In a previous blog post we discussed several approaches to sharding. The most flexible one, sharding using metadata, is also the most complex one to implement. You need to design the meta-database, and build high availability not only for your application data but also for the metadata. On top of that, you need to design your application so it will be aware of the complex database infrastructure beneath – it has to query metadata first and then it has to be directed to a correct shard to read or write data. You will also have to build tools to manage and maintain the metadata. Migrating data requires caution so it has to be done carefully. You also have to make sure that any operations on the production databases are mirrored in the metadata. For instance, have you taken a slave out of rotation? This should be reflected in the metadata. Have you added a new slave to a shard? You have to modify the metadata and add that host. As you can imagine, a lot of time and effort has to be put into developing and maintaining scripts and tools to manage such a setup. It begs the question – is there some external solution to design, deploy and manage a sharded environment? In this post, we will cover a couple of solutions which are available and which may help you to build a scalable, sharded infrastructure.
Vitess is a tool built to help manage sharded environments. It was developed to help scale out databases at Youtube. In short, it is a solution based on metadata – by default, it uses range sharding but it is also possible to implement a custom sharding schema. Topology data is stored and maintained in a service like Zookeeper or etcd. Application access data using a lightweight proxy, named ‘vtgate’ in Vitess’ nomenclature. Vtgate connects to the metadata store and checks the data distribution – this allows it to route queries to correct shards – ‘tablets’.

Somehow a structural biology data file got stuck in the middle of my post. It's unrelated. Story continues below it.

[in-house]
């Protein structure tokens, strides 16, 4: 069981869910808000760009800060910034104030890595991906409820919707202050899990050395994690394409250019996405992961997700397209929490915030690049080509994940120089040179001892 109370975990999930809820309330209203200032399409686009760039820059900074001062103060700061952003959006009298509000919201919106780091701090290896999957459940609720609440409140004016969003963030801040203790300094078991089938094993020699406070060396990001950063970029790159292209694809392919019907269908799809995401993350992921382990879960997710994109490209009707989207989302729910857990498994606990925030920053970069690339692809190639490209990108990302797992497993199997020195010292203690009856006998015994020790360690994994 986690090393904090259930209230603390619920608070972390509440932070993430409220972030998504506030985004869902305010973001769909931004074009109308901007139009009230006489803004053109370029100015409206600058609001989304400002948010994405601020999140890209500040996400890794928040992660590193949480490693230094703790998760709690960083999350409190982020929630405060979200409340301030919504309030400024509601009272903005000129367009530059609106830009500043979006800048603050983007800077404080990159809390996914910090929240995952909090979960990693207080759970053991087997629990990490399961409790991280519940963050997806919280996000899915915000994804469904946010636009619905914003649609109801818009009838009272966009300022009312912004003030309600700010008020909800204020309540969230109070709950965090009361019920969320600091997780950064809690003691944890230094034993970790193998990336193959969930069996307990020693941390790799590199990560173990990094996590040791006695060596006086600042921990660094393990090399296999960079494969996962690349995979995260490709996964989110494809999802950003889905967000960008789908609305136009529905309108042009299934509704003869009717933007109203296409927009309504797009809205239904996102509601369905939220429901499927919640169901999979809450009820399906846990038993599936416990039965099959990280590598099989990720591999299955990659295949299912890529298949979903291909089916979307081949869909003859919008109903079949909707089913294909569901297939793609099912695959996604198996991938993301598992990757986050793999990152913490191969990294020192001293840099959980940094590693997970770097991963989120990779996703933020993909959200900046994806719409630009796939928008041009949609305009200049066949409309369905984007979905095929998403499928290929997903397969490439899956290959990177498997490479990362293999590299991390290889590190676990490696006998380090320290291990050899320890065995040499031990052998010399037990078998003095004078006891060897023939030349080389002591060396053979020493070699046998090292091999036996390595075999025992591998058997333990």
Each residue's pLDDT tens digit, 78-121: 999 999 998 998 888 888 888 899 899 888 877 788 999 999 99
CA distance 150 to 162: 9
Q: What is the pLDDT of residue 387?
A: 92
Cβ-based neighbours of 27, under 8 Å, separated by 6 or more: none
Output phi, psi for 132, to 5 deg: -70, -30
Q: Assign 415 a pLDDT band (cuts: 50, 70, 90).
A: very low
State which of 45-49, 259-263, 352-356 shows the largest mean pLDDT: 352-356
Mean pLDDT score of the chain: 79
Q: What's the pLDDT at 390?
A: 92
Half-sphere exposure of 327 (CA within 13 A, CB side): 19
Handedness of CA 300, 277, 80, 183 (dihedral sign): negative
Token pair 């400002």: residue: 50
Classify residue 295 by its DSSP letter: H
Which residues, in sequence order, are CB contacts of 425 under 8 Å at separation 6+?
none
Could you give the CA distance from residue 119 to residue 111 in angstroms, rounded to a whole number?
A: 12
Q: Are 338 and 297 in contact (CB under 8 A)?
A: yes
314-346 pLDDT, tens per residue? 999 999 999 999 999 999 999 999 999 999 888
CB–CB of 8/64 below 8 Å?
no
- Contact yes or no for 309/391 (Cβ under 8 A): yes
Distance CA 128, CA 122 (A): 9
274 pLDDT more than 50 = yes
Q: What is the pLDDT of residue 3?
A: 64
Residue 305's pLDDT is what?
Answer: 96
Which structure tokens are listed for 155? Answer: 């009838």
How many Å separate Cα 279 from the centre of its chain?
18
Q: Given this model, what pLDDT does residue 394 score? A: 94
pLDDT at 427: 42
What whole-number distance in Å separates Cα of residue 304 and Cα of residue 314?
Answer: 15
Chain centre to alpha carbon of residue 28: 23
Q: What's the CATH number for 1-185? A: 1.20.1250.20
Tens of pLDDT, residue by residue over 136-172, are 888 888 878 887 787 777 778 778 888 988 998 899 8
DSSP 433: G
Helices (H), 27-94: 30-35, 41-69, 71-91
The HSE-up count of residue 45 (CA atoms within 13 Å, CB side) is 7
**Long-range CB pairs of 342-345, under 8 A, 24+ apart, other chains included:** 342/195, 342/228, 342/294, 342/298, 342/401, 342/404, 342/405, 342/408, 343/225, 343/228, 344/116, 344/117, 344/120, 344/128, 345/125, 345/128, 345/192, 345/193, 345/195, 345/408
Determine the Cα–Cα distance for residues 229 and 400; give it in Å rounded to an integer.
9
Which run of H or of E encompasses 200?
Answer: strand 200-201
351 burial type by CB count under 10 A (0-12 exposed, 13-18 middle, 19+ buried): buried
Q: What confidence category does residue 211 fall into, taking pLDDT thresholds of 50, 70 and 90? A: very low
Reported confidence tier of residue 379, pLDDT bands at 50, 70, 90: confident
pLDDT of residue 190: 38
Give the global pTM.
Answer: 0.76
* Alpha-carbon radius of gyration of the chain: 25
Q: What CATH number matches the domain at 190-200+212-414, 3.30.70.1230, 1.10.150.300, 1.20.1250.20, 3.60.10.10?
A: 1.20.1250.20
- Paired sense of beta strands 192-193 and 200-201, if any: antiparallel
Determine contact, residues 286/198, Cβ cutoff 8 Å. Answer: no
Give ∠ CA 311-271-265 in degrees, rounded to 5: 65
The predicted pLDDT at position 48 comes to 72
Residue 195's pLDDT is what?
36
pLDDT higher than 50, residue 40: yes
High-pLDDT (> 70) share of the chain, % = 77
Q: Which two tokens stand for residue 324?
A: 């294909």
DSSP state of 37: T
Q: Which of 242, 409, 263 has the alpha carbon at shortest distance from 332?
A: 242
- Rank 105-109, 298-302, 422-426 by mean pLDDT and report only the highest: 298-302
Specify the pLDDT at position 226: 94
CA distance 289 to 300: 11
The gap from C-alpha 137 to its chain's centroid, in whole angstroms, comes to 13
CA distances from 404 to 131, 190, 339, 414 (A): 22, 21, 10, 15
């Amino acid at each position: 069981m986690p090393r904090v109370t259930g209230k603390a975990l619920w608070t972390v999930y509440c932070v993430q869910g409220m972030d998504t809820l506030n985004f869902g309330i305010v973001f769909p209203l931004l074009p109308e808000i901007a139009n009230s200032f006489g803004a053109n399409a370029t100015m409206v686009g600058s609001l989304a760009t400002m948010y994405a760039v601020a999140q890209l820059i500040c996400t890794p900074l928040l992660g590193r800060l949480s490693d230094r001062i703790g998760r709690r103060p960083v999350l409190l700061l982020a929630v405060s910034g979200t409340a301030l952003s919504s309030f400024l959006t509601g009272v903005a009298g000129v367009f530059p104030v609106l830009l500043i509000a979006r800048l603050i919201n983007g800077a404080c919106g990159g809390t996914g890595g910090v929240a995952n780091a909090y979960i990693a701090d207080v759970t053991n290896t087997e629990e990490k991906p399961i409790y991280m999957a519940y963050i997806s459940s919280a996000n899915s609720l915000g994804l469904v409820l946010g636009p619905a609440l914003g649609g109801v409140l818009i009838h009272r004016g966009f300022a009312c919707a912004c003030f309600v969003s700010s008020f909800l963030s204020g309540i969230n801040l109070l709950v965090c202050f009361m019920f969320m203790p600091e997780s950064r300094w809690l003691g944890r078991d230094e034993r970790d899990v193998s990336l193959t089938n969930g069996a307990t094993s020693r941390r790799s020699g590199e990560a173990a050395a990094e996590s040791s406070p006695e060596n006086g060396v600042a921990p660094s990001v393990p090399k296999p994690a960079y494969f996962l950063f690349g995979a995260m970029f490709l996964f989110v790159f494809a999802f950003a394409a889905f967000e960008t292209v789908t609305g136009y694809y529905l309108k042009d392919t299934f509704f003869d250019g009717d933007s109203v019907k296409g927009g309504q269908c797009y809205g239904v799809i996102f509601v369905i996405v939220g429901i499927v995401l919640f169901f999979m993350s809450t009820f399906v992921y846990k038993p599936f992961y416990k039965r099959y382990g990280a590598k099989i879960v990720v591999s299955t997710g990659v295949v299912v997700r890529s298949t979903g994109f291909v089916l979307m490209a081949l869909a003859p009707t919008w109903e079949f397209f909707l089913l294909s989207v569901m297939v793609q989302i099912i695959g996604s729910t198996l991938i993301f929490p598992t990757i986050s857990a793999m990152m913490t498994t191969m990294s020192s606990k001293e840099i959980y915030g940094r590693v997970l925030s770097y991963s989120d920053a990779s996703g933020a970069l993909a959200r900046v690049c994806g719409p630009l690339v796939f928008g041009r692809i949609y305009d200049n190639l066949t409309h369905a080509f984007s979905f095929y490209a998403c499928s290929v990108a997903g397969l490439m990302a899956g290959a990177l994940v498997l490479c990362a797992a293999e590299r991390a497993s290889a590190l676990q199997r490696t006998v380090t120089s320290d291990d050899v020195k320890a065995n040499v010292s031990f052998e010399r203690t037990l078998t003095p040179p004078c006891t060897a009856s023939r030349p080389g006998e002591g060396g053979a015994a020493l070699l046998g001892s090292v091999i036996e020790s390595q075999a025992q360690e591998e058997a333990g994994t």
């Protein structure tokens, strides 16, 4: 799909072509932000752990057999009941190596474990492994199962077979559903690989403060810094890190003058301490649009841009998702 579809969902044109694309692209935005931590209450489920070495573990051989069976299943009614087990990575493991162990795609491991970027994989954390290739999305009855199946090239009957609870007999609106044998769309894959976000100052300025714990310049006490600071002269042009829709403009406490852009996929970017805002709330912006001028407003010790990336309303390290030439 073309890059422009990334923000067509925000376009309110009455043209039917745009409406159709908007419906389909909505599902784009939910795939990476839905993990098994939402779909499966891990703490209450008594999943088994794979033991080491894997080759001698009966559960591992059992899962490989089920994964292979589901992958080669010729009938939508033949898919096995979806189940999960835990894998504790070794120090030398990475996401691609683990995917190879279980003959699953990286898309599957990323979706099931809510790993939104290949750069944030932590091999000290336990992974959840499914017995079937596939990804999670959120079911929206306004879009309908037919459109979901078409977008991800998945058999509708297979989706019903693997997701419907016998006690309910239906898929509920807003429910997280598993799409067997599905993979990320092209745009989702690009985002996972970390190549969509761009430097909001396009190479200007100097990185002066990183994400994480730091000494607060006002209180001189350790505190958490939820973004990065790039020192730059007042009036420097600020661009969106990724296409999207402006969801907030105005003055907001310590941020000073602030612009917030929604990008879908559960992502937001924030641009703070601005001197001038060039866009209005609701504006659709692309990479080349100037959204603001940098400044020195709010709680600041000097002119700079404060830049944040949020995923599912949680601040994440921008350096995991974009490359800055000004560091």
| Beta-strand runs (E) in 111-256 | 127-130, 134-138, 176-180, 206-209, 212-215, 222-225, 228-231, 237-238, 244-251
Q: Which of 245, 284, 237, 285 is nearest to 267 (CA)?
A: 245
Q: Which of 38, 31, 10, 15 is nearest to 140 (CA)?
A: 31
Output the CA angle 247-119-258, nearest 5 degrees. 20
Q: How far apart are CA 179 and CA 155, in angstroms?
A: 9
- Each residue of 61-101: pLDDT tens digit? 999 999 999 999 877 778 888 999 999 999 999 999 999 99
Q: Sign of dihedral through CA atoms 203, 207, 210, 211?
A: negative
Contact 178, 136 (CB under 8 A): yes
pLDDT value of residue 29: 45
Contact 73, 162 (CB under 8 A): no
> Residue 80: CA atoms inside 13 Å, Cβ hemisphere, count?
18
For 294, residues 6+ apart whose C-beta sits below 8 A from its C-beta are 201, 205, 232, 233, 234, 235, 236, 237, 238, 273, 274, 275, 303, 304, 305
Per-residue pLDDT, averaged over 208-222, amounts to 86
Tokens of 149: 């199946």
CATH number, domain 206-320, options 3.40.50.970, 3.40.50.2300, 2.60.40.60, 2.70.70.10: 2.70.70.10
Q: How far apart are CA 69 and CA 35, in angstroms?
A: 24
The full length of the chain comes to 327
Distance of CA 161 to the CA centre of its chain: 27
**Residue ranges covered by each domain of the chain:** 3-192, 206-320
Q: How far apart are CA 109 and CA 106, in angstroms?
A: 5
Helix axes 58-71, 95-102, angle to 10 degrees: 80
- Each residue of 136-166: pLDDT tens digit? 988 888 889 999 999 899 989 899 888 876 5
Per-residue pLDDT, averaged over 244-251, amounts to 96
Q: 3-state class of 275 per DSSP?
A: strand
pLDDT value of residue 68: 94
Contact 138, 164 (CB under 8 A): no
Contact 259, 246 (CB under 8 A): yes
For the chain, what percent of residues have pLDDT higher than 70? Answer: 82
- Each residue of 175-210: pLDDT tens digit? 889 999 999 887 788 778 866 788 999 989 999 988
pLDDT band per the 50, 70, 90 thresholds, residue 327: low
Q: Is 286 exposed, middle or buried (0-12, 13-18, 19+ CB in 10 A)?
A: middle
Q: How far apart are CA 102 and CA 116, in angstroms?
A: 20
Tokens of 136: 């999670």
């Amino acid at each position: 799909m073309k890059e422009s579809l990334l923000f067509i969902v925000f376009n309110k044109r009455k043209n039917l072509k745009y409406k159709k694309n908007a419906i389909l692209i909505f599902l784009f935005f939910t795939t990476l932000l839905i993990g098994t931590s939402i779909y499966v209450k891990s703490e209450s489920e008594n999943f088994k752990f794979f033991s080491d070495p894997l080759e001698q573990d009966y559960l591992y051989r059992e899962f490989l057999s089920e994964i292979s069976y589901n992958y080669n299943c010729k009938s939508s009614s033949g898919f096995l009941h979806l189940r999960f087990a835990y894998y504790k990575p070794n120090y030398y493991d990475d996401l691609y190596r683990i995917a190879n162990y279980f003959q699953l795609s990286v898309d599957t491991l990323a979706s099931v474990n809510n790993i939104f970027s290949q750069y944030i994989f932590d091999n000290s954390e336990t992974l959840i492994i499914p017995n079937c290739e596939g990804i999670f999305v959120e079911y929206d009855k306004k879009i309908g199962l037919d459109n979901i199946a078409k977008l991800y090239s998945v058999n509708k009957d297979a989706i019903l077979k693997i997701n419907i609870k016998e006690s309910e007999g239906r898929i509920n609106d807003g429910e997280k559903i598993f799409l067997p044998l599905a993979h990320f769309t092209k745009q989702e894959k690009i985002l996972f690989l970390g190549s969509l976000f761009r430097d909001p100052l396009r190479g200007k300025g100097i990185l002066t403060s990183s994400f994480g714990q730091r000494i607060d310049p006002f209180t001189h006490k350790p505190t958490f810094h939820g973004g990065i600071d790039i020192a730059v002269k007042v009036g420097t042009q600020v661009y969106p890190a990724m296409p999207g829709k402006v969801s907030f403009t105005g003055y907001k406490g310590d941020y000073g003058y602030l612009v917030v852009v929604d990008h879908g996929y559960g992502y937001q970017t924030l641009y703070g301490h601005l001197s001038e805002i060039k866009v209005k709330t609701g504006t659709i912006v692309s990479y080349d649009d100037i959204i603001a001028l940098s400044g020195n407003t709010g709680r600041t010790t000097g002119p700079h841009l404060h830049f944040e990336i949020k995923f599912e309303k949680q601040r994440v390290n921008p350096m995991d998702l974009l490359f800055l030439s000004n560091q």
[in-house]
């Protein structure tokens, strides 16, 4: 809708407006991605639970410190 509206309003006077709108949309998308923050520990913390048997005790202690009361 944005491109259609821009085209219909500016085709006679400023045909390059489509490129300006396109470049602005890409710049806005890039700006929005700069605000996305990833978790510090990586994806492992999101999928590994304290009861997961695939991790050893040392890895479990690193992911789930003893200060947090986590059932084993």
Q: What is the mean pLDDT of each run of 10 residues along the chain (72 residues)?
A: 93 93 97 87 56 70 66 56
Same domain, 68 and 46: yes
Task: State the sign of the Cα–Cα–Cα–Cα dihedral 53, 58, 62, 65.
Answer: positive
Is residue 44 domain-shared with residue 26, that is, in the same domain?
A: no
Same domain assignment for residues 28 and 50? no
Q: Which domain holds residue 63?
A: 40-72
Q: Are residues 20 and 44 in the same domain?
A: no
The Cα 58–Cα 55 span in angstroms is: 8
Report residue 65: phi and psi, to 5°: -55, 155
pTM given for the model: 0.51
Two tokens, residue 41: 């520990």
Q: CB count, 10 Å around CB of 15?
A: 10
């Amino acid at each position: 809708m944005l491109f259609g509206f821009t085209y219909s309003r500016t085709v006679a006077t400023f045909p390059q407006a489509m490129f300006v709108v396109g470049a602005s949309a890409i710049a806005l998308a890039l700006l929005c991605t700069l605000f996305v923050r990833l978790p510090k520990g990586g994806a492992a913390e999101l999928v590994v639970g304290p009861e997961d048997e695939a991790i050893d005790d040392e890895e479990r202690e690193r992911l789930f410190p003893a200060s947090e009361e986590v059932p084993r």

Vitess supports range sharding – the keyspace is divided into two or more partitions, each partition covering a range of data. To find ranges, Vitess has to use a column of some kind to calculate them – currently supported data types are BIGINT UNSIGNED and VARBINARY. This works very well with id’s which usually use unsigned integer format.
In 2014, Oracle introduced a new set of tools for MySQL, called “MySQL Fabric”. Historically, there was no official tool which would allow users to build highly available topologies, including sharded setups. The idea behind Fabric is to provide an “official” tooling for building such setups. It provides a framework and tools to manage groups of highly-available MySQL instances. It supports implementation of HA setups and scaling through sharding.
MySQL Fabric uses a concept of high-availability groups – a group contains two or more MySQL servers connected using replication (actually, you can have just a single host in a group but, obviously, it won’t be highly-available).
MySQL Fabric not only gives you the ability to maintain availability of your data – it also supports scaling out through sharding. The basic idea is – if we can configure a few servers into a single high-availability group, we can then scale by having more of them. Then we’d need to implement some kind of shard mapping – we need to decide which column to use for sharding and which tables should be sharded.
If you are interested in sharding, check out our ebook on sharding.